Tuesday, June 06, 2006

New life in the country (saga continues)

In a small town everyone knows and minds your business. We lived on the main street (called Main Street) of town, because my mother had purchased a small beauty shop and was trying to build a client base. Since church was a way to be seen and to meet people, we now went to church. Our new church was my mother’s standby: Congregational. I loved the new hymns and the sermons were interesting, topical and short. There was an active youth group. A new minister had arrived with two teenaged sons, and the older son was in my class. We became friends.

But my mother was not enjoying the rural environment. She was drinking heavily, and as I entered my teens our clashes became more hostile. We argued over everything. I was not the daughter of her dreams, and she was definitely not the mother of mine.

I made matters worse by pouring her whiskey down the sink when she went on her weekend binges. I ran away from home once after she had gotten drunk one night and I could hear her on the sidewalk all the way from the bowling ally. She also had "dropped in" on our youth group leader, (whom I adored) who was working late in his office on Main Street. When she told me that, I was mortified and outraged. I disappeared the next morning and was gone well into the night. In my mind I was going to hitchhike to California and find my father, but whenever someone slowed down to offer me a ride, I panicked and ran off into the woods. I wandered lost most of the day. Each time I approached a house or roadway I turned aside and moved farther into the underbrush. If I hadn’t been so tired and cold, I might never have surfaced. My newly found guardian angel must have been guiding me, because I eventually emerged from the woods onto a highway, sat down and waited to be rescued. Some hours later a car stopped and the people inside were part of a search party. I had been hoping all day to be found by the youth group leader, the actual reason I had run away, and the only adult I thought would understand. I had prayed for this and was damn disappointed when he didn’t show up.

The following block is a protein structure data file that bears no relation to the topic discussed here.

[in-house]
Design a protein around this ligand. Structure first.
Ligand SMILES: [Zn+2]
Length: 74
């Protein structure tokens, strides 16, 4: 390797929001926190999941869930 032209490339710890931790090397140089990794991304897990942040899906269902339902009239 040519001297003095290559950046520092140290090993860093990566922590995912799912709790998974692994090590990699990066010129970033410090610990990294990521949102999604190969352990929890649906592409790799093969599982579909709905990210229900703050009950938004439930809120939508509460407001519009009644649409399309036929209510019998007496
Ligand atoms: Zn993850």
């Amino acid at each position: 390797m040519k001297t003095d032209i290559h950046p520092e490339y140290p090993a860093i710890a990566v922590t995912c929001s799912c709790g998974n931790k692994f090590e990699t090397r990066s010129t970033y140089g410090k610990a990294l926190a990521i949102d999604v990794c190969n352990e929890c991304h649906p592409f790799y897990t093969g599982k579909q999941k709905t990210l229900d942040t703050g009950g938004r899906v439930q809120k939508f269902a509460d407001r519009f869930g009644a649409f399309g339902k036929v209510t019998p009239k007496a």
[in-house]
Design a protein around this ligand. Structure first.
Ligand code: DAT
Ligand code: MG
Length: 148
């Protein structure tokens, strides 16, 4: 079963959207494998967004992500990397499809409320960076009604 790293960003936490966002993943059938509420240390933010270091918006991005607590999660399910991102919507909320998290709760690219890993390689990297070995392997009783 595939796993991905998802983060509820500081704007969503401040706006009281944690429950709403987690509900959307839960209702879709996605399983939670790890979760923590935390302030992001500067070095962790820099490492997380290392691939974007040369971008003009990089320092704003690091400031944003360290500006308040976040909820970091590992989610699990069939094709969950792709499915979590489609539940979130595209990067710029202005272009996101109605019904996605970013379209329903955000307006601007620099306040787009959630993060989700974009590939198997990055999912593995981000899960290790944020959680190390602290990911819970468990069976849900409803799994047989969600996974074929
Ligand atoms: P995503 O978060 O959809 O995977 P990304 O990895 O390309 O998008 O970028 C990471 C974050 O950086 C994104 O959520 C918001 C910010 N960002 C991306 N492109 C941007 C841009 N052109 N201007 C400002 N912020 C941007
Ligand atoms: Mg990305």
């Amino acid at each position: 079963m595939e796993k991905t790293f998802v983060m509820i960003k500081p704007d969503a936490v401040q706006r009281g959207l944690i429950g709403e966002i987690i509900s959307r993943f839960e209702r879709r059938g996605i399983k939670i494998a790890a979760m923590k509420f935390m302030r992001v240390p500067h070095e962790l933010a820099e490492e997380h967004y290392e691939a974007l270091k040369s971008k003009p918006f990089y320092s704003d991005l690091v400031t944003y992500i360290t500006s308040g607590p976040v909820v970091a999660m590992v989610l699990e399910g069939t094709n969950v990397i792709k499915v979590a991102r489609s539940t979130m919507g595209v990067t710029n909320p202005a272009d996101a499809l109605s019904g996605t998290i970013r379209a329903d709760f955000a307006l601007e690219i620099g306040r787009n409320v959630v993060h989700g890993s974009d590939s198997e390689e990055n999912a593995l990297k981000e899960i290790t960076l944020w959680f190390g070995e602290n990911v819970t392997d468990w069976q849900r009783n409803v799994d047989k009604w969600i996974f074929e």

But God had heard, and was even willing to answer my prayers. His timing was just different than mine. This too would become a theme for my life… learning to accept God’s timing instead of my own. Because not long after that, this sweet man took a more personal and active interest in my spiritual growth. He became my human guardian angel, my absent father, guiding me through those turbulent years. He took me skiing, hiking, to afternoon concerts. I first heard Benjamin Britten’s Ceremony of Carols with him and was in tears by its beauty. We were good friends at first and then the relationship grew... into love. He was eleven years older than I, but I thought we were a good match. My hormones were raging and had he not had the resolve of a saint, I’d have seduced him. I tried for sure. But this was a small town, and he was more concerned with doing the right thing and keeping up appearances than I was. After my graduation, we finally went on our first “date”. I was ready to get married. And I was impatient with his reticence. He had protected me through high school, but he also wanted me to experience the world, go to college, create a life. He wouldn’t budge.

1 comment:

kpjara said...

God's timing...I still don't fully grasp that one and as a result sometimes I feel like I'm unheard or He's toying with me!